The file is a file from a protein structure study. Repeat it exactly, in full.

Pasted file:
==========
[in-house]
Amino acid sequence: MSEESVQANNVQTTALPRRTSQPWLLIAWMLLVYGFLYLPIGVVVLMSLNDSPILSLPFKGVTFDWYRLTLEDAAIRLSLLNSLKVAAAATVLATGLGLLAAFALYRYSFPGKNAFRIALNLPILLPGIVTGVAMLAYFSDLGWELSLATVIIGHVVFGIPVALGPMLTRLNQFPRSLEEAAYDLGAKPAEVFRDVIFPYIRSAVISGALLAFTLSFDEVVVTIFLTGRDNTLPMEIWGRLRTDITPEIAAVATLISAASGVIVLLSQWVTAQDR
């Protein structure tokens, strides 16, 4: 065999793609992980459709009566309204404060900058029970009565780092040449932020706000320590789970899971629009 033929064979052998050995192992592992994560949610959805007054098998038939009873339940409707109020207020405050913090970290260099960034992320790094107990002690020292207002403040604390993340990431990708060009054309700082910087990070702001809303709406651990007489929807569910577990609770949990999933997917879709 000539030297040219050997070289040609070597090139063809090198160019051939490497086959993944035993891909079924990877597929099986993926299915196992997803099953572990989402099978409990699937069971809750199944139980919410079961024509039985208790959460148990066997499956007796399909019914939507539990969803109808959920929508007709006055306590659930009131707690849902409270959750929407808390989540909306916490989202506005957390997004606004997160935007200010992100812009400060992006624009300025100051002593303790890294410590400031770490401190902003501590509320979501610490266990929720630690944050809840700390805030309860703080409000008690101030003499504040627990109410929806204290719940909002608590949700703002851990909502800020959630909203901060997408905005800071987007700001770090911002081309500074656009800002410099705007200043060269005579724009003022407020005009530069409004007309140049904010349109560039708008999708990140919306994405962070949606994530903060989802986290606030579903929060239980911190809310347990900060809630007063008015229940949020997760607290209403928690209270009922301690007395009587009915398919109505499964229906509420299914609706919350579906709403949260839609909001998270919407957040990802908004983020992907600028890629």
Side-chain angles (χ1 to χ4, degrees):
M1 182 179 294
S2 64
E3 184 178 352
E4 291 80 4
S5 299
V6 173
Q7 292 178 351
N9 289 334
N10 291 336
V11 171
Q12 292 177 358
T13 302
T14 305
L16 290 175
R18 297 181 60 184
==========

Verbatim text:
[in-house]
Amino acid sequence: MSEESVQANNVQTTALPRRTSQPWLLIAWMLLVYGFLYLPIGVVVLMSLNDSPILSLPFKGVTFDWYRLTLEDAAIRLSLLNSLKVAAAATVLATGLGLLAAFALYRYSFPGKNAFRIALNLPILLPGIVTGVAMLAYFSDLGWELSLATVIIGHVVFGIPVALGPMLTRLNQFPRSLEEAAYDLGAKPAEVFRDVIFPYIRSAVISGALLAFTLSFDEVVVTIFLTGRDNTLPMEIWGRLRTDITPEIAAVATLISAASGVIVLLSQWVTAQDR
């Protein structure tokens, strides 16, 4: 065999793609992980459709009566309204404060900058029970009565780092040449932020706000320590789970899971629009 033929064979052998050995192992592992994560949610959805007054098998038939009873339940409707109020207020405050913090970290260099960034992320790094107990002690020292207002403040604390993340990431990708060009054309700082910087990070702001809303709406651990007489929807569910577990609770949990999933997917879709 000539030297040219050997070289040609070597090139063809090198160019051939490497086959993944035993891909079924990877597929099986993926299915196992997803099953572990989402099978409990699937069971809750199944139980919410079961024509039985208790959460148990066997499956007796399909019914939507539990969803109808959920929508007709006055306590659930009131707690849902409270959750929407808390989540909306916490989202506005957390997004606004997160935007200010992100812009400060992006624009300025100051002593303790890294410590400031770490401190902003501590509320979501610490266990929720630690944050809840700390805030309860703080409000008690101030003499504040627990109410929806204290719940909002608590949700703002851990909502800020959630909203901060997408905005800071987007700001770090911002081309500074656009800002410099705007200043060269005579724009003022407020005009530069409004007309140049904010349109560039708008999708990140919306994405962070949606994530903060989802986290606030579903929060239980911190809310347990900060809630007063008015229940949020997760607290209403928690209270009922301690007395009587009915398919109505499964229906509420299914609706919350579906709403949260839609909001998270919407957040990802908004983020992907600028890629």
Side-chain angles (χ1 to χ4, degrees):
M1 182 179 294
S2 64
E3 184 178 352
E4 291 80 4
S5 299
V6 173
Q7 292 178 351
N9 289 334
N10 291 336
V11 171
Q12 292 177 358
T13 302
T14 305
L16 290 175
R18 297 181 60 184